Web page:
First, a few things we know for sure about electronic producer/singer/songwriter Ramsey: She was born Rebecca Fisher in Las Vegas 20 years ago, has the kind of exaggerated lips that a lot of people in this town pay money for, sports an intricate web of tattoos on her hands, and is in possession of one of those how is this huge sound coming out of this tiny person? kind of voices.

In person, she’s fresh-faced and strikingly young-looking, although in most of the photographs available of her on the Internet she’s darkly fierce and ultra-sensual, like a cyborg priestess plucked from a Robert Rodriguez flick. Here, at a restaurant in Silver Lake on a Wednesday afternoon, she eats Brussels sprouts and says this dramatic, highly costumed image is basically a fluke, just a representation of who she chose to be during a few photo shoots, rather than an accurate summation of who she really is. Which of course begs the question: Who is she?

These days she goes only by the name Ramsey and makes music that is a fusion of spare, slithering drums, raw lyrics and electronic crescendoes. Her work has racked up more than 2 million plays on SoundCloud in the last eight months, and her first 10-track EP will be released before the end of the year. While she’s poised to break and says she “absolutely” wants to be a pop star (“so I can buy my mom a house”), she is also reluctant to endure the standard pop commodification process.

“They don’t know what box to put me in right now,” she says between bites. “They’re trying to push me in a certain direction so they can make sense of it; at least that’s how I feel. ‘Try and be more Evanescence.’ It’s like, ‘Ughhh. Fuck you.’”

Ramsey; Credit: James Mountford Studio

Ramsey; Credit: James Mountford Studio

Ramsey arrived in Los Angeles after a stint in Oregon working on her college pre-recs (she graduated high school when she was 16) and waiting tables. She didn’t know anyone in town, and her first job was stocking shelves at the Vons on Sunset and Hillhurst. (“It was horrible.”) She used the mental free time to dream up song lyrics.

She had always been into singing and performing, putting on shows for her family as a child, performing in the school choir and playing in bands during high school. A friend had uploaded a copy of Ableton onto her computer, and when she wasn’t at Vons she was in her WeHo bedroom making music. She’d hole up for 16 hours a day, sometimes forgetting to eat. She soon made friends, quit the grocery store, moved to Hancock Park, earned a better-paying gig writing one-off songs at 500 bucks a pop for a YouTube performer, and got connected to a social media manager who believed in her music.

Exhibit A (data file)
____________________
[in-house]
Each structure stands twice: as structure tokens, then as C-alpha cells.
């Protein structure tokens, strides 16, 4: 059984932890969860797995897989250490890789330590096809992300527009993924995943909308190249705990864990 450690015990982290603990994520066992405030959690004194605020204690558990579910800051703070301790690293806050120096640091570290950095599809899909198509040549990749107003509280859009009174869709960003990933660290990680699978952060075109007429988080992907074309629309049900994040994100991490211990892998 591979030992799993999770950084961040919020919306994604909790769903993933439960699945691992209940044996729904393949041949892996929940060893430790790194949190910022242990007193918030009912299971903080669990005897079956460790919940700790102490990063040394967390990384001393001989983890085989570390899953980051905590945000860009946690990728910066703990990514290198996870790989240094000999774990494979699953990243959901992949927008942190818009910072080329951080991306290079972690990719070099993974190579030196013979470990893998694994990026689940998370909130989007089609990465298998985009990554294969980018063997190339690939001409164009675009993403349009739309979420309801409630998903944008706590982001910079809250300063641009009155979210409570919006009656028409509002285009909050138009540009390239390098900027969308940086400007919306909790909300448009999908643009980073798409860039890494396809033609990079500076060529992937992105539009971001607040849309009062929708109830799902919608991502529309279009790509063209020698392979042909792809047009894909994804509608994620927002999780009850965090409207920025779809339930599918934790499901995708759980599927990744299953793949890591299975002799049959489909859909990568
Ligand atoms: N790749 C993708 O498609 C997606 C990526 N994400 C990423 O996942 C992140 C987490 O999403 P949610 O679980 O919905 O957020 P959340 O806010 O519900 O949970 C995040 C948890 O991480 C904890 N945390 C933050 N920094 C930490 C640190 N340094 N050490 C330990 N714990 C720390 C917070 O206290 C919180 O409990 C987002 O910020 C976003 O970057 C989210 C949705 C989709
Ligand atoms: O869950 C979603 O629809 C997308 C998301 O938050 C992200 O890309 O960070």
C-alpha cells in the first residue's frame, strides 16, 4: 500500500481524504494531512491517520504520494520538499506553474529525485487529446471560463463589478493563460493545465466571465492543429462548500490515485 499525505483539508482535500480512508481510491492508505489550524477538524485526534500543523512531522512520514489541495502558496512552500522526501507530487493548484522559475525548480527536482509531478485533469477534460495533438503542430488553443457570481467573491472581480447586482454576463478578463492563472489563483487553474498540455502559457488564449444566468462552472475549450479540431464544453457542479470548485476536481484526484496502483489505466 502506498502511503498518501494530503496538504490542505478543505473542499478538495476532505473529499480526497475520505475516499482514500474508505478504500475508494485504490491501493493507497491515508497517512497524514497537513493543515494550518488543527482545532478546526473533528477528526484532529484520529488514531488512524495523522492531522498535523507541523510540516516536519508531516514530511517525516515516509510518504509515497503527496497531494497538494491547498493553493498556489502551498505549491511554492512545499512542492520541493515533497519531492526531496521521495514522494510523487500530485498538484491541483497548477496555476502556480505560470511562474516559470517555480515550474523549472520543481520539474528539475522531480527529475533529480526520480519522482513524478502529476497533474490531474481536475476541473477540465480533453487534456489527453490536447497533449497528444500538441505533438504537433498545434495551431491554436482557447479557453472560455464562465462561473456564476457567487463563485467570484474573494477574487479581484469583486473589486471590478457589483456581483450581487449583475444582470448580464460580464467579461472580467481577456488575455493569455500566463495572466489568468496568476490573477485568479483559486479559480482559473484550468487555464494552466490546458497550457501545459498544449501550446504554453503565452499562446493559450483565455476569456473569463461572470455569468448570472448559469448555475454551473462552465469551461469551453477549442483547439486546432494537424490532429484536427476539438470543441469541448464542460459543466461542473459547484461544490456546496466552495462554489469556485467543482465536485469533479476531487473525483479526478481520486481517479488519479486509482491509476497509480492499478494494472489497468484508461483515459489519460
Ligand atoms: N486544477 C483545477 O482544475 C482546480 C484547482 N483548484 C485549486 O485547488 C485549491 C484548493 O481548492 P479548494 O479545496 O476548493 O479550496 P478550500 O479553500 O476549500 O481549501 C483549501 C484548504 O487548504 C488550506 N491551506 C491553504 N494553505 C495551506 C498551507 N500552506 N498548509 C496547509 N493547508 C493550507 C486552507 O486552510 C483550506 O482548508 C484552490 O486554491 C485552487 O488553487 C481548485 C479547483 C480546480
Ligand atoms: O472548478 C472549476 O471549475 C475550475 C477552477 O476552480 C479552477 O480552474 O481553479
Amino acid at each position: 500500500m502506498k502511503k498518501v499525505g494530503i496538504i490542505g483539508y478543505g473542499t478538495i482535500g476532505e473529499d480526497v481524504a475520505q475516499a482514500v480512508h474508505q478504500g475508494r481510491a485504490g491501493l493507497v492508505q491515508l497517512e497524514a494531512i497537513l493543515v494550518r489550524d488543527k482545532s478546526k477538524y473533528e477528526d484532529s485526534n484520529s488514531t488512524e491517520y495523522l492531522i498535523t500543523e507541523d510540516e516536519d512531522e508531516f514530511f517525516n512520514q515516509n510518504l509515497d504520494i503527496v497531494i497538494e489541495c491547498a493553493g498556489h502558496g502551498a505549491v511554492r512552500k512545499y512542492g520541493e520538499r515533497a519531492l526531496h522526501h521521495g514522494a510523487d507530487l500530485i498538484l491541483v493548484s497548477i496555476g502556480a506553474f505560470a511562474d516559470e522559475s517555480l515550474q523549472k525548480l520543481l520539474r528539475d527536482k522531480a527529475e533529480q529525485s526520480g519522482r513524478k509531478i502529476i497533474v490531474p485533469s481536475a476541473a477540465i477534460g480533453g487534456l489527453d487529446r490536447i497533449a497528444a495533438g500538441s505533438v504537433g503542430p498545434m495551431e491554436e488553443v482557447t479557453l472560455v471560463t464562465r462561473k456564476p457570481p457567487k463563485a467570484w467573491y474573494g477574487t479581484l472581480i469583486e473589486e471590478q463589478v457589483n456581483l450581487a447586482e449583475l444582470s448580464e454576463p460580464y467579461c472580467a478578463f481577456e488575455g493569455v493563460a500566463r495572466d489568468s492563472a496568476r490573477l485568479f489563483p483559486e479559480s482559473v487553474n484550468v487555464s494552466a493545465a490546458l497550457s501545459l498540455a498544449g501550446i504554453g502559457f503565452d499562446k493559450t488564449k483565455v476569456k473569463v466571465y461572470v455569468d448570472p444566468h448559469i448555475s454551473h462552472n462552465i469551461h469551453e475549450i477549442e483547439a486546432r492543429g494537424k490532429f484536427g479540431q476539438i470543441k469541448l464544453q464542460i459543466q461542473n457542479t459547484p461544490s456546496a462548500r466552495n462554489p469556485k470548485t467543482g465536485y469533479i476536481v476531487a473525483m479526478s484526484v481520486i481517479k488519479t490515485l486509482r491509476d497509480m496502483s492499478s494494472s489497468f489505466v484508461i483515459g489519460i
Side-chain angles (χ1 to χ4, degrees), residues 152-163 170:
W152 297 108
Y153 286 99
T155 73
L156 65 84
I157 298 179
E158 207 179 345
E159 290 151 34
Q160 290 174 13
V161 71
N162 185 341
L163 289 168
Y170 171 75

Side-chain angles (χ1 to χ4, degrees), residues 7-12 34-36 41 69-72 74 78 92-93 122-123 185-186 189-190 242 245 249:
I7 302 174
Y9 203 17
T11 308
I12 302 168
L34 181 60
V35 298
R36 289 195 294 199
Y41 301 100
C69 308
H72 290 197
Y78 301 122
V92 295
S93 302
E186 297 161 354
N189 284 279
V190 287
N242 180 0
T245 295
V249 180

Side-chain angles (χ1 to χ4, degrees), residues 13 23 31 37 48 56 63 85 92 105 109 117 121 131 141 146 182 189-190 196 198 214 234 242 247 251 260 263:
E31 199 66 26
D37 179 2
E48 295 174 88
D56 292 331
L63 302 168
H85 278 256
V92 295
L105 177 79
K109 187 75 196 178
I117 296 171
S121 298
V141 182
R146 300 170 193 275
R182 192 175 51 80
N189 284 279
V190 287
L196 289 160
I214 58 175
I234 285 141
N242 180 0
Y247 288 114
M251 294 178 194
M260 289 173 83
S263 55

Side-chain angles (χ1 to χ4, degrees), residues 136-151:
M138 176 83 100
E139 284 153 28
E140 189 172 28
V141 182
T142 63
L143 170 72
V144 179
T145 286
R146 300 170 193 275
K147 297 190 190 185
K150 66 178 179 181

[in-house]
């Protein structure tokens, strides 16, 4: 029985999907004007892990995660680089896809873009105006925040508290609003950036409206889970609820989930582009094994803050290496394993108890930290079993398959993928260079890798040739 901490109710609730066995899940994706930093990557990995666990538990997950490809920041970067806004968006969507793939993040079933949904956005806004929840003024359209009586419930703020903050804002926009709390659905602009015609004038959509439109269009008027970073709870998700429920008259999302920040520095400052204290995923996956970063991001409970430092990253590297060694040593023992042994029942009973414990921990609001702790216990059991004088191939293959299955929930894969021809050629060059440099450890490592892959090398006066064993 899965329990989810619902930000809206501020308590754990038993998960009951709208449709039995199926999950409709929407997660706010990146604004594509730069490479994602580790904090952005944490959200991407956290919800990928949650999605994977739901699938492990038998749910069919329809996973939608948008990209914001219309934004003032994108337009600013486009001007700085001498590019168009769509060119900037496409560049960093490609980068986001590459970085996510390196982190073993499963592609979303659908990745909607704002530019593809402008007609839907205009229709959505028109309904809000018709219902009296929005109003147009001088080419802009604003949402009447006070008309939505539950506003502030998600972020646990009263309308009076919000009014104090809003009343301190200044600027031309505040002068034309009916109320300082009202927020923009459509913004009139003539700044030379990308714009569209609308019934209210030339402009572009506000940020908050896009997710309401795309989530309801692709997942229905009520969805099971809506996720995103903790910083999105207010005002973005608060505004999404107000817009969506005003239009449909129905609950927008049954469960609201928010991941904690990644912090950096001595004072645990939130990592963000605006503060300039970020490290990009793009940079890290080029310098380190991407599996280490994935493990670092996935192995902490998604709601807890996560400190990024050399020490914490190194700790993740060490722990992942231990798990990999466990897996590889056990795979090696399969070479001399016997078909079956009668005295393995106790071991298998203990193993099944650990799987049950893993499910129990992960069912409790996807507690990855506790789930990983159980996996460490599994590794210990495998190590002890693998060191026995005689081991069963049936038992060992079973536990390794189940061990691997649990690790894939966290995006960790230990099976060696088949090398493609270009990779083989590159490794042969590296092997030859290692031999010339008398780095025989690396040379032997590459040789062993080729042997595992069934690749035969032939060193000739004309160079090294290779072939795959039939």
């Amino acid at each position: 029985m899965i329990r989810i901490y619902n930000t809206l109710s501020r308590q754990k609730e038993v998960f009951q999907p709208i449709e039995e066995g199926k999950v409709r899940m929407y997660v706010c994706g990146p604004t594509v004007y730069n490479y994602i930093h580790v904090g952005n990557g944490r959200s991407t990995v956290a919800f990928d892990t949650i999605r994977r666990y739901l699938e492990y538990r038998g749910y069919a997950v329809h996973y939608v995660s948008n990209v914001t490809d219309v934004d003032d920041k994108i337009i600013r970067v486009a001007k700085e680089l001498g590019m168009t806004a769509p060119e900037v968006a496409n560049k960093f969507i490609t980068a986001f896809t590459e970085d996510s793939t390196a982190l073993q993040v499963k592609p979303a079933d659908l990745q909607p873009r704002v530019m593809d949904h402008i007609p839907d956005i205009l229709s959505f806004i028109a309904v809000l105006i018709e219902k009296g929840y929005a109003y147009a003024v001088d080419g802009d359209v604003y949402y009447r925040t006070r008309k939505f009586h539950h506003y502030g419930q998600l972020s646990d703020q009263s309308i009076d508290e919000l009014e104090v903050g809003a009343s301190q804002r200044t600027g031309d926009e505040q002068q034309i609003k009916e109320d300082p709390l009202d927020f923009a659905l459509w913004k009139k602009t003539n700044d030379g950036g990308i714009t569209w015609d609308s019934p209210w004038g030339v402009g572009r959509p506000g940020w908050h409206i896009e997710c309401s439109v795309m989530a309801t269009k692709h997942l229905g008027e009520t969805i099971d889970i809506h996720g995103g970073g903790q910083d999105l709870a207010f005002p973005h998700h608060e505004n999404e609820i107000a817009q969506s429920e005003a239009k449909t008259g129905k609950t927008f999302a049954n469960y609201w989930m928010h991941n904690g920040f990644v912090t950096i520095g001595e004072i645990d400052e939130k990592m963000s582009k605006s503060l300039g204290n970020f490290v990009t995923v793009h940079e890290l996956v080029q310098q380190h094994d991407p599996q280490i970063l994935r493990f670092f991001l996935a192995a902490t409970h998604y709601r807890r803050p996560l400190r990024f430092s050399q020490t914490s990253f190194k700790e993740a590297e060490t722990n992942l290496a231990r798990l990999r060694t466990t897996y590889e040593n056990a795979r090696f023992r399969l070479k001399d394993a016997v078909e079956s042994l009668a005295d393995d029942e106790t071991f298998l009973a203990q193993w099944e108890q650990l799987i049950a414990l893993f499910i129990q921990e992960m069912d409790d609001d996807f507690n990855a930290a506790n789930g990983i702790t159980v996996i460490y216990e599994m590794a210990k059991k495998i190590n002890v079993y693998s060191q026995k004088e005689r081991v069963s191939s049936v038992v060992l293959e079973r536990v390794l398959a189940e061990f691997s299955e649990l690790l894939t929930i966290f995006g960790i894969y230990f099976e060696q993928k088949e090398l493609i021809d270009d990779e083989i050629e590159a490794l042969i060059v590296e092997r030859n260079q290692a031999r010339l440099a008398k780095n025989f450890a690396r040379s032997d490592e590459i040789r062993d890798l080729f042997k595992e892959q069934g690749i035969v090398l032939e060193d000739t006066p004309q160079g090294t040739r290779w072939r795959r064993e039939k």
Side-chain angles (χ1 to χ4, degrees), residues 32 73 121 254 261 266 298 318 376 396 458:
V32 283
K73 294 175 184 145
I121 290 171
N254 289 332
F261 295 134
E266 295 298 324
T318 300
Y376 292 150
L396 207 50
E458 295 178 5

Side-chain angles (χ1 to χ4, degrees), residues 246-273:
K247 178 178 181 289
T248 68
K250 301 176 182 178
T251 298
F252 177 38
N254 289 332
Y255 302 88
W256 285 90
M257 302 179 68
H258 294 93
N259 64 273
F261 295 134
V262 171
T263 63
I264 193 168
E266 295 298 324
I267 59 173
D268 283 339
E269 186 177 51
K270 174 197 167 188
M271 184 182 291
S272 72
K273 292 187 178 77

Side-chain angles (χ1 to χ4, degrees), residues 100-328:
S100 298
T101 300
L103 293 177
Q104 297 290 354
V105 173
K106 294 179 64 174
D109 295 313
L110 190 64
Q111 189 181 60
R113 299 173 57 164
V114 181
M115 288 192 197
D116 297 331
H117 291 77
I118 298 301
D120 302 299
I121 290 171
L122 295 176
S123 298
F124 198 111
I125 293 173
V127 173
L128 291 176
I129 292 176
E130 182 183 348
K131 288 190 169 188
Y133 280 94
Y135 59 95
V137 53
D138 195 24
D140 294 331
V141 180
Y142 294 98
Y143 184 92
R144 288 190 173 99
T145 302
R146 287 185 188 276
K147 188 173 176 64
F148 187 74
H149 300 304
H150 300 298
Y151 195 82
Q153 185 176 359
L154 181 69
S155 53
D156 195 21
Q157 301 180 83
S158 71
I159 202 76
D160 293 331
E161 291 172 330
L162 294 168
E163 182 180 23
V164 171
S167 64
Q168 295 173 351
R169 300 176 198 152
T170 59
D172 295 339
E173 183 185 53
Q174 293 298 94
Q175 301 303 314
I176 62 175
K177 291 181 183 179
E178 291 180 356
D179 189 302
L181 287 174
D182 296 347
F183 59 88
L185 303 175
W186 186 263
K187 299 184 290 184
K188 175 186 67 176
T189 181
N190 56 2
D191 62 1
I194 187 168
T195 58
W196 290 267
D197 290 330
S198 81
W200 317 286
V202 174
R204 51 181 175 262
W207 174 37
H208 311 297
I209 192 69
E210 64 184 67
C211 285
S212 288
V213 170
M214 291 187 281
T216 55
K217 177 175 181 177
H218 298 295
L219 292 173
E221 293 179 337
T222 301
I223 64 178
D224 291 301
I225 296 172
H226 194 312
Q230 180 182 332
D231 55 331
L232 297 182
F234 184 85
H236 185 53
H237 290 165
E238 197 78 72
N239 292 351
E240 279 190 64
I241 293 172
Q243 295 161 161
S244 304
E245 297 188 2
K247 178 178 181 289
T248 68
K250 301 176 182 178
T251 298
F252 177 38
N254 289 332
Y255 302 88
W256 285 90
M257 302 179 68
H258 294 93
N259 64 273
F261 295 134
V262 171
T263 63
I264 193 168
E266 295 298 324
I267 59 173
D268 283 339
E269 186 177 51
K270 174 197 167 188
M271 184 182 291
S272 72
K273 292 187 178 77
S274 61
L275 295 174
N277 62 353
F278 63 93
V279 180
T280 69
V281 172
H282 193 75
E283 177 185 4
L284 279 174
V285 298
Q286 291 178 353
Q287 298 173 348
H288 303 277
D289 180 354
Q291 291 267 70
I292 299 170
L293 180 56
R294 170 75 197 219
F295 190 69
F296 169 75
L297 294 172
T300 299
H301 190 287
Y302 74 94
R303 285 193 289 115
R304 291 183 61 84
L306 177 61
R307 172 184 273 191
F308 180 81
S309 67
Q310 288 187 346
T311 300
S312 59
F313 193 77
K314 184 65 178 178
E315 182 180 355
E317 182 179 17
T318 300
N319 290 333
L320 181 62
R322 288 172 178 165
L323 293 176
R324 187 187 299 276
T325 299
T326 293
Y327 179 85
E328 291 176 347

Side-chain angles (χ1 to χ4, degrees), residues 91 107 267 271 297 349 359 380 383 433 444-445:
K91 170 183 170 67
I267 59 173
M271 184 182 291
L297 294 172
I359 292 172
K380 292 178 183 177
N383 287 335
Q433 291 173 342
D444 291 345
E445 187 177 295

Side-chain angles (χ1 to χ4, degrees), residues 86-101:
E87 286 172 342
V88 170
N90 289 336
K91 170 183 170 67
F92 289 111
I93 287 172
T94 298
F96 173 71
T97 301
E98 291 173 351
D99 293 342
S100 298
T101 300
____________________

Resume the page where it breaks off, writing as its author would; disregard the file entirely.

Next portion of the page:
Incorporating heavy electronic elements, her songs are like digital séances, outfitted with quietly stripped-down moments and heavy with mood. With a laugh, she says she suspects it all might be a bit much for her parents. The first track she released, the pulsing incantation “Wrong Heart,” came out eight months ago and has nearly 300,000 SoundCloud plays, although the warm internet welcome and a rash of publicity hasn't totally fortified her confidence.   

“I’m sensitive as fuck about my music,” she says. “If one person doesn’t like it, it hurts.” 

As a result of her marathon writing sessions, Ramsey is now sitting on a stockpile of fresh music, enough for two albums, and she’s jonesing to release it. Her most recent single, “See You Bleed,” came out earlier this month and finds her wailing over a thundercloud of electronic cacophony as if she's trying to bring down the sky. The accompanying video, in which she alternately writhes and cowers while looking like a gothic cross between late-era Miley and Fiona Apple's “Criminal” video, does little to shift the dark image.  

Ramsey has always been into the blues, citing influences including Nina Simone and Janis Joplin and noting that her current output is as dark as it’s ever been. Much of it was inspired by a “typical unhealthy relationship” and its subsequent breakup, a situation that keeps on inspiring new material even as it slips into the past. She says that her music got dramatically better and that exceptional, synchronistic things starting happening in her life when she left her ex.

“These are fuck-off lyrics,” she says. “It’s stuff that I would never say or can’t say. It’s like you’re someone else in your music.”

While Ramsey produces all of the beats and every component of the music herself, live she focuses on singing and performing, playing with a DJ and a drummer. The stage is her happy place, where she gets the biggest thrill and all the best feelings. Her hope is that the future holds unlimited opportunities to inhabit this territory. She’s not sure what else she would do with her life.

Ramsey; Credit: Baz

Ramsey; Credit: Baz

Although she loves fellow sonic shape-shifters Lana Del Rey and Björk, Rasmey says she tries not to listen to music that has influenced her, lest it seep into her own work. Instead she focuses on reading, which helps her find the right words to incorporate into her lyrics. She finishes eating and pulls a book called The Miracle of Mind Dynamics: Use Your Subconscious Mind to Gain Complete Control Over Your Destiny out of her bag.

“This has all happened very quickly,” she notes of her unfolding career. “It’s weird.”

While this woman may not believe herself to be the darkly mystical creature her branding suggests, she certainly seems to be using all of her powers to summon stardom.

Ramsey performs at the Mint on Friday, Aug. 26, with Alice Underground, Sugar Fly , Liz Gherna and VinylHead. Tickets and more info.

LA Weekly